What Has Gone Wrong For The Phillies In The First Half?BREAKING NEWS, News, Phillies Tuesday, July 10th, 2012
The Philadelphia Phillies have limped into the All-Star break with a record of 37-50, and have spent the overwhelming majority of the first half of the season in last place. Very little has gone right for the Phils’ in 2012, and its incredible to look at the overwhelming amount of things that have gone wrong.
1. Two Of The Three Aces Go MIA: Roy Halladay, Cliff Lee, and Cole Hamels were supposed to be the anchors of this team. The talents of these three elite pitchers alone was supposed to be enough to at least keep the Phillies within striking distance while they waited for offensive stars Chase Utley and Ryan Howard to return from the disabled list.
Of the three, only Hamels has lived up to expectations. The 28-year old carries a 10-4 record with a 3.27 ERA, and has earned his first career All-Star selection. Though his performance has slipped in his last 10 starts (5-3 with a 3.82 ERA), He’s easily been the teams most reliable pitcher.
Halladay and Lee are both having terribly disappointing seasons. Halladay appears to be physically breaking down, having lost some velocity and spent extensive time on the disabled list. He’s just 3-5 with a 3.98 ERA, and absolutely dreadful in May going 1-3 with a 6.11 ERA.
Lee meanwhile has just one win in 14 starts. He hasn’t been terrible, but he hasn’t been what the team needs him to be. They pay the former Cy-Young winner more than $20 million a season to be an incredible pitcher, not just a good one. While he hasn’t had good offensive or defensive support most of the season, the ace clearly has let the mental strain of not winning a game three months into the season take a toll on him.
2. No Relief From The Bullpen: The Phillies bullpen was once one of the team’s better (and more underrated) assets over the last five seasons. This year, it may be the single largest reason that the team is so far behind in the standings. Jonathan Papelbon has been excellent as the team’s closer, but he rarely gets to pitch because his penmates can’t hold on to any leads for him.
Antonio Bastardo has taken no steps forward and many steps back. After going 6-1 with a 2.64 ERA and eight saves last season, the lefty is just 2-3 with a 5.34 ERA in 2012. He’s struggled with his command, velocity, and confidence. The team has placed a great deal of pressure on him since he’s the only other reliever Charlie Manuel has any reason to trust with the eighth inning, and things have blown up and become a mess for him.
Free agent addition Chad Qualls was a disaster, and was recently designated for assignment and traded to the Yankees.
The team was hoping Jose Contreras would be able to return and give them a reliable veteran presence, but the right-hander lasted just 13 innings before going down for the season with Tommy John Surgery.
Mike Stutes and David Herndon, a pair of young arms the team had high hopes for, have also been lost for the season with their respective injuries.
Ruben Amaro was counting on Bastardo, Qualls, Contreras, Stutes, and Herndon to emerge as a reliable relief crew, but not a single one of them has come through for him. As a result, the Phillies are forced to turn to a pen’ stacked with Triple-A relievers (Raul Valdes, Mike Schwimer, Jake Diekman, B.J. Rosenberg, Brian Sanches, and Jeremy Horst) and predictably the results have been ugly.
As bad as this bullpen as been, it could easily have been so much worse. Imagine if the Phillies had signed Ryan Madson over Papelbon. This team could easily be 25 games out of first place.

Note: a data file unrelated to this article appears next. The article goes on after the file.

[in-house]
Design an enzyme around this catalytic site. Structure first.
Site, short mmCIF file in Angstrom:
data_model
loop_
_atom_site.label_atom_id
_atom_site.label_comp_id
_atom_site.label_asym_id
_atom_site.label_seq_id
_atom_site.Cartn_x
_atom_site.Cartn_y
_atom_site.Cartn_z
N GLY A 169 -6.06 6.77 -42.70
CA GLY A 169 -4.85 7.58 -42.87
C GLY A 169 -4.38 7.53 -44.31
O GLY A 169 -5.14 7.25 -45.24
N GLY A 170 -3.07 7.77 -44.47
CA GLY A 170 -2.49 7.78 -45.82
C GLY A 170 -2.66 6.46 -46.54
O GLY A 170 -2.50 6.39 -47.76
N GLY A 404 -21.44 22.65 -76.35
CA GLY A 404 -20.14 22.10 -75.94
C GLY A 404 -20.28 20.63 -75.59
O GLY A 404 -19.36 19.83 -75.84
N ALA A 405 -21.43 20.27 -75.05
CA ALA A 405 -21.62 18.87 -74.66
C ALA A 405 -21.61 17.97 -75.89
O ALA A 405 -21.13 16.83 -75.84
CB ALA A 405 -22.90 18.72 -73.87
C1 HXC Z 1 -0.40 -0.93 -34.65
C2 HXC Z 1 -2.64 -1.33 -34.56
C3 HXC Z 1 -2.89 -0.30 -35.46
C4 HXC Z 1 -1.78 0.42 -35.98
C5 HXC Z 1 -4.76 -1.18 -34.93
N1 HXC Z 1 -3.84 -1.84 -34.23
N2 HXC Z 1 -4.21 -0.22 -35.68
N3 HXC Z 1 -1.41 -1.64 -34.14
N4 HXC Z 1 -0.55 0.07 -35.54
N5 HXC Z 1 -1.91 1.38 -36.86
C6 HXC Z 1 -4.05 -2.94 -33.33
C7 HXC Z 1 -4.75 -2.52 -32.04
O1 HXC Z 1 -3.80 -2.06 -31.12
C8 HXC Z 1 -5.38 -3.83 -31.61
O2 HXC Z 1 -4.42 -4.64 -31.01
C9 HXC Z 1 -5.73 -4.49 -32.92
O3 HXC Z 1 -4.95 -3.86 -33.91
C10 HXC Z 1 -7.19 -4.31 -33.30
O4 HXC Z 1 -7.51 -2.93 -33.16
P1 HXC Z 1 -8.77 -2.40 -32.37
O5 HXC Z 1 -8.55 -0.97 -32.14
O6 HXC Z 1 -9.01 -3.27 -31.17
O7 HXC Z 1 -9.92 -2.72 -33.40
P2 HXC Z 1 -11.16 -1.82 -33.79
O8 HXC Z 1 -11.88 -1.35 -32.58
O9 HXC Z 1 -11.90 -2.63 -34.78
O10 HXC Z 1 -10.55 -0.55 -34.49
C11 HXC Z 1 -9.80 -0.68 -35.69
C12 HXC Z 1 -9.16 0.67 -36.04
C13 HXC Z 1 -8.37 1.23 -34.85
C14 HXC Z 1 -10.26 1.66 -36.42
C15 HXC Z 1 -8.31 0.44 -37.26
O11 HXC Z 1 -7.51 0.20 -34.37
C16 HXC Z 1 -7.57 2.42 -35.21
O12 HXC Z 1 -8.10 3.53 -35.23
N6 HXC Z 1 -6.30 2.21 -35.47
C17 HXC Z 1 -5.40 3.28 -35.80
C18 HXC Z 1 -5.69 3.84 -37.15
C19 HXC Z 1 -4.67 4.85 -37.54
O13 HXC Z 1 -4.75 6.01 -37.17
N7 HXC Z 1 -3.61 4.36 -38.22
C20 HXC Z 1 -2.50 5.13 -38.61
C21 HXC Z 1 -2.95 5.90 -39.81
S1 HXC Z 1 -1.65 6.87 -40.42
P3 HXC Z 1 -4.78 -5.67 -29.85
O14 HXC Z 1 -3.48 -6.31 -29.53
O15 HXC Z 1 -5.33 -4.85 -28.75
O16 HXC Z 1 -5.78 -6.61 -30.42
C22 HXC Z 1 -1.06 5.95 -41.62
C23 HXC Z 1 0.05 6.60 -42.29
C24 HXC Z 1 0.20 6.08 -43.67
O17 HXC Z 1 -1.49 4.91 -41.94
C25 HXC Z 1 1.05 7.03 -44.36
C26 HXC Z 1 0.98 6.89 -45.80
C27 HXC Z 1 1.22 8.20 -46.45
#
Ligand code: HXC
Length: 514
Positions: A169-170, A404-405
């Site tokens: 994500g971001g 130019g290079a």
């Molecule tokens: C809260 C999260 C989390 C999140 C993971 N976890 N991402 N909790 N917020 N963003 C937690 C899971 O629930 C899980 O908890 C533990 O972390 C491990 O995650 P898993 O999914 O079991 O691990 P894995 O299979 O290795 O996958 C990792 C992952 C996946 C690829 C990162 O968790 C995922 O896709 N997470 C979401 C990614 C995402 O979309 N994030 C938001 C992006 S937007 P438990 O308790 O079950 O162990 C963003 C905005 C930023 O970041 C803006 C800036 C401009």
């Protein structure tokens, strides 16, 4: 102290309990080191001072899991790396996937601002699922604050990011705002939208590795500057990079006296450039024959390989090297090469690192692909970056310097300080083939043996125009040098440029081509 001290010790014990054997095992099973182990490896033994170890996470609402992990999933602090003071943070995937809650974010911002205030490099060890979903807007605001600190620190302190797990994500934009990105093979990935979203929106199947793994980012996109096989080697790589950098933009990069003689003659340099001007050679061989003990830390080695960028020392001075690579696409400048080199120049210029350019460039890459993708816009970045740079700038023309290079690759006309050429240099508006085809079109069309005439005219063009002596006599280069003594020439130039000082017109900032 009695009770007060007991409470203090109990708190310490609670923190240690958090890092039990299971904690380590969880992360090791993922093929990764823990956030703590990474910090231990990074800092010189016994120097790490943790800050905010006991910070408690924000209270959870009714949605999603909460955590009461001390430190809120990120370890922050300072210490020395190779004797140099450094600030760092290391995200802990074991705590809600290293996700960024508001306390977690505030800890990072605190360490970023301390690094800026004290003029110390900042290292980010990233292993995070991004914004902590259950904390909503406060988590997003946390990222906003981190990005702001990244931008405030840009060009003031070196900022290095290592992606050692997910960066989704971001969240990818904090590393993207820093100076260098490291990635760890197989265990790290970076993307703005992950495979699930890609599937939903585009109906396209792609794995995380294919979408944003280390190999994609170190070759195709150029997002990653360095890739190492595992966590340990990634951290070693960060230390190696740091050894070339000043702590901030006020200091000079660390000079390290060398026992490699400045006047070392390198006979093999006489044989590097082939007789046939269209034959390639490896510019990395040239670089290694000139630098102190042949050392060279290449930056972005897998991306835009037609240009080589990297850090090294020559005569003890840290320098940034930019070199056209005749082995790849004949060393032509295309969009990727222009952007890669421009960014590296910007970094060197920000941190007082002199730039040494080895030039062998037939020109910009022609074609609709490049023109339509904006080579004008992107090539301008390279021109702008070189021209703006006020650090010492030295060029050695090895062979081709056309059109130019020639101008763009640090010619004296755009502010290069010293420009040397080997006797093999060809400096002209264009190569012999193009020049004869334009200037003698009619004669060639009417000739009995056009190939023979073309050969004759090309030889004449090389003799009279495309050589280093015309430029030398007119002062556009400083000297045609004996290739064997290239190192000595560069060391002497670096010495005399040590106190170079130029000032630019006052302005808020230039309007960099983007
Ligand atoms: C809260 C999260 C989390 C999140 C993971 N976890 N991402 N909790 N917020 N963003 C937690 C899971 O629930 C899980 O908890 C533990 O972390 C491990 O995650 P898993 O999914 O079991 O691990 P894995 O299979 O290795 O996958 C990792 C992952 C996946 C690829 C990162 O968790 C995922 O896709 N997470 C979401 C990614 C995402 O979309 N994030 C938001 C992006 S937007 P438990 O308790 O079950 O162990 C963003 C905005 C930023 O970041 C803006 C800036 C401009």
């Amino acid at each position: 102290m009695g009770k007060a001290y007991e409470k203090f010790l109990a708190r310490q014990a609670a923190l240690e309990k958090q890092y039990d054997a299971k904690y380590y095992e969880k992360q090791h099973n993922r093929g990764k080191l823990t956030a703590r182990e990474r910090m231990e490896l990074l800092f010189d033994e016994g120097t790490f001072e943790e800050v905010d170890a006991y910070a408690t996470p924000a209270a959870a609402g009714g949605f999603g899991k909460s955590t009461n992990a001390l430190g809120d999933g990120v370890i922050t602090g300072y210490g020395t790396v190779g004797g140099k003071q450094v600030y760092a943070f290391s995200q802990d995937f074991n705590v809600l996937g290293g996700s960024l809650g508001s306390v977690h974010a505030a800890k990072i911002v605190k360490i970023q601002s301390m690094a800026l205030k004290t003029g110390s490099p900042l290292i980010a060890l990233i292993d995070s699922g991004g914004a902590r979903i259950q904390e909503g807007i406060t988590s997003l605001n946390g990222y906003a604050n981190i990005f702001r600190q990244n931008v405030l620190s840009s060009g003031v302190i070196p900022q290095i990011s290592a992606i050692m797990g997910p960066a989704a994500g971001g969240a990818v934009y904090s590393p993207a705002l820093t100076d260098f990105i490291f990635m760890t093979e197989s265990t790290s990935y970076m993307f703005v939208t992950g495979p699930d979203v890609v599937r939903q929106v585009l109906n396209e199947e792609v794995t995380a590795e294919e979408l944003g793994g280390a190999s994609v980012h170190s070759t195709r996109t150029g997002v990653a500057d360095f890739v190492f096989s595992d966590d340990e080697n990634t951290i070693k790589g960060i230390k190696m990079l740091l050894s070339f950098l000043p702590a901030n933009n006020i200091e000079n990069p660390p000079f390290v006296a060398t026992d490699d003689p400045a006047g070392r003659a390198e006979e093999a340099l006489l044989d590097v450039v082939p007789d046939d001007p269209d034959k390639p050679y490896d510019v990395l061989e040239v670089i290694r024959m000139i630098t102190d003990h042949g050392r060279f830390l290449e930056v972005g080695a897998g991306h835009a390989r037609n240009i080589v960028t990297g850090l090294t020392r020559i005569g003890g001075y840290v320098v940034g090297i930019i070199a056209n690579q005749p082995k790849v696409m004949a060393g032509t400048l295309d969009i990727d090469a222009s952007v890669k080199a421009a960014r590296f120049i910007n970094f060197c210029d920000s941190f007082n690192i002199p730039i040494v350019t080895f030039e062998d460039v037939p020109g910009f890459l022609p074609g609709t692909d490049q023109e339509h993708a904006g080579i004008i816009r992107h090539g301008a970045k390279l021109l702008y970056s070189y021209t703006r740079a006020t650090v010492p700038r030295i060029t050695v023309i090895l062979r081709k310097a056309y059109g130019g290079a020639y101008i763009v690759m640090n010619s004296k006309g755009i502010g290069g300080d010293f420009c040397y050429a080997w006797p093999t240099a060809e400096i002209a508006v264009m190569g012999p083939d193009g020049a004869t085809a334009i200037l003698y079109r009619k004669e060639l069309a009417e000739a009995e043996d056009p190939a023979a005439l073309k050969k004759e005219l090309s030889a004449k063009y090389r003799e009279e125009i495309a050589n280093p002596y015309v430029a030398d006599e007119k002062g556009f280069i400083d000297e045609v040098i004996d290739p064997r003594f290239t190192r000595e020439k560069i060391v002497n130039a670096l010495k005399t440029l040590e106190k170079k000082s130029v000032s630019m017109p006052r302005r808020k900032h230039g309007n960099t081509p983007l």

3. Disappointments In The Lineup: With Ryan Howard and Chase Utley out of action for the vast majority of the first half, the Phillies were counting on several players to step up and become offensive anchors in their absence. Most notably, Jimmy Rollins, Hunter Pence, John Mayberry Jr, and Shane Victorino.
Rollins has picked up his play since the calender flipped to June, but had a couple of terrible months in April and May, hitting just .231 and .245 with a combined two home runs and 11 RBIs.
Pence has decent numbers (.285, 16 homers, 50 RBIs), but he’s been absolutely brutal with runners in scoring position, hitting just .226. He has no discipline at the plate, and swings at far too many terrible pitches. He’s been so bad that the team had to move him out the cleanup spot, and now he hits sixth in the order. On top of his offensive failures, he’s been a butcher in the outfield.
Many tend to forget that the Phillies were really relying on John Mayberry to be a key figure in their lineup after the excellent job he did in the second half of 2011. They hoped he could be their everyday leftfielder, but instead he’s been nothing but a spare part. He’s hit just .232 with six home runs and 23 RBIs. He doesn’t look like anything close to the player that set the world on fire last season, making him one of the most disappointing players of all.
Shane Victorino has been another veteran on this team that has had a terrible season. He’s hitting just .232, and has very little offensive explosion in his bat. More often than not, he gives very poor at-bats, and has admitted that his lack of a contract has had an impact on his performance. Victorino is a guy I believe the Phillies need to move on from as soon as possible. His attitude isn’t right, and he’s not going to help this team win anymore.
4. The Division Has Substantially Improved: As if their own problems weren’t enough, the Phillies have been overwhelmed by an extremely competitive division. The Nationals, Mets, and Braves are all much better than they were a year ago, and even the Marlins are not a pushover. The Phillies have gone just 11-22 against their division rivals this year.
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